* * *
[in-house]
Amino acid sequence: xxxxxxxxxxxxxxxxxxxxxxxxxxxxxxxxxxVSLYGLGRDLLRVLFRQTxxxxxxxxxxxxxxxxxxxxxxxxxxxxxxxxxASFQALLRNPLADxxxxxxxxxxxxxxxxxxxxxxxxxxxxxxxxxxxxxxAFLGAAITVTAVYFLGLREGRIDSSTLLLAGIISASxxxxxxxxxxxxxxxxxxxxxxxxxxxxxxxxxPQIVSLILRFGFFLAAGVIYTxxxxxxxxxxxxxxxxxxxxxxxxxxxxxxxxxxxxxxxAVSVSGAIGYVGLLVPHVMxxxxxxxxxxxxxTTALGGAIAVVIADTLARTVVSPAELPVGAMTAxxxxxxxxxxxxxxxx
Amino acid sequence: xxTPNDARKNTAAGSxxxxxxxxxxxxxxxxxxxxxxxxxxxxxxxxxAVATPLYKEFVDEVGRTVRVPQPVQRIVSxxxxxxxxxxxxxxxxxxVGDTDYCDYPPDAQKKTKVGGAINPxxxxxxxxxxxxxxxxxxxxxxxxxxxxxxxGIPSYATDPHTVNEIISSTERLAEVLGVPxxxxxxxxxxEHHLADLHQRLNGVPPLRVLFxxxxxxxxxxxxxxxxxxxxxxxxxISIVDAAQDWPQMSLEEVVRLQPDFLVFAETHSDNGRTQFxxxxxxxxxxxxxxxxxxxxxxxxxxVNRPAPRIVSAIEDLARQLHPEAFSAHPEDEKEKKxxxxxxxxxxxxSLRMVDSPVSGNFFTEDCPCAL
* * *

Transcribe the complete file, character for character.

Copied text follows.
[in-house]
Amino acid sequence: xxxxxxxxxxxxxxxxxxxxxxxxxxxxxxxxxxVSLYGLGRDLLRVLFRQTxxxxxxxxxxxxxxxxxxxxxxxxxxxxxxxxxASFQALLRNPLADxxxxxxxxxxxxxxxxxxxxxxxxxxxxxxxxxxxxxxAFLGAAITVTAVYFLGLREGRIDSSTLLLAGIISASxxxxxxxxxxxxxxxxxxxxxxxxxxxxxxxxxPQIVSLILRFGFFLAAGVIYTxxxxxxxxxxxxxxxxxxxxxxxxxxxxxxxxxxxxxxxAVSVSGAIGYVGLLVPHVMxxxxxxxxxxxxxTTALGGAIAVVIADTLARTVVSPAELPVGAMTAxxxxxxxxxxxxxxxx
Amino acid sequence: xxTPNDARKNTAAGSxxxxxxxxxxxxxxxxxxxxxxxxxxxxxxxxxAVATPLYKEFVDEVGRTVRVPQPVQRIVSxxxxxxxxxxxxxxxxxxVGDTDYCDYPPDAQKKTKVGGAINPxxxxxxxxxxxxxxxxxxxxxxxxxxxxxxxGIPSYATDPHTVNEIISSTERLAEVLGVPxxxxxxxxxxEHHLADLHQRLNGVPPLRVLFxxxxxxxxxxxxxxxxxxxxxxxxxISIVDAAQDWPQMSLEEVVRLQPDFLVFAETHSDNGRTQFxxxxxxxxxxxxxxxxxxxxxxxxxxVNRPAPRIVSAIEDLARQLHPEAFSAHPEDEKEKKxxxxxxxxxxxxSLRMVDSPVSGNFFTEDCPCAL